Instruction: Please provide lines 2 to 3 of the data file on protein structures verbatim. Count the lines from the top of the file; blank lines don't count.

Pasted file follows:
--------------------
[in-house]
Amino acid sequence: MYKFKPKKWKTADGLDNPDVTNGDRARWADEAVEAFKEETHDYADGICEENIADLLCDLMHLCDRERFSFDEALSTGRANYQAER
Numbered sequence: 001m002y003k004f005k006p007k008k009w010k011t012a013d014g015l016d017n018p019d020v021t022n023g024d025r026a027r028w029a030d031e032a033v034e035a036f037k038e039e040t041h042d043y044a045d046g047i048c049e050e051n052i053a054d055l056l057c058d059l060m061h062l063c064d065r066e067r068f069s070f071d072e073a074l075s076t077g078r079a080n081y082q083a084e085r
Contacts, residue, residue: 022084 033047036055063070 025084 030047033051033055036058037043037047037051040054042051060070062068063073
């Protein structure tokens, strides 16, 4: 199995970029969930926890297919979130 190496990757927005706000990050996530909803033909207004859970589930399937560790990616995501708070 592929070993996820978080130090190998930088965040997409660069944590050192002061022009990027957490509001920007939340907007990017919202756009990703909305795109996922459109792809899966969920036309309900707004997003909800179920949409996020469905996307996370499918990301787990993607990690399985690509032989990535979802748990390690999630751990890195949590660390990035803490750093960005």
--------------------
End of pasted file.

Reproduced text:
Amino acid sequence: MYKFKPKKWKTADGLDNPDVTNGDRARWADEAVEAFKEETHDYADGICEENIADLLCDLMHLCDRERFSFDEALSTGRANYQAER
Numbered sequence: 001m002y003k004f005k006p007k008k009w010k011t012a013d014g015l016d017n018p019d020v021t022n023g024d025r026a027r028w029a030d031e032a033v034e035a036f037k038e039e040t041h042d043y044a045d046g047i048c049e050e051n052i053a054d055l056l057c058d059l060m061h062l063c064d065r066e067r068f069s070f071d072e073a074l075s076t077g078r079a080n081y082q083a084e085r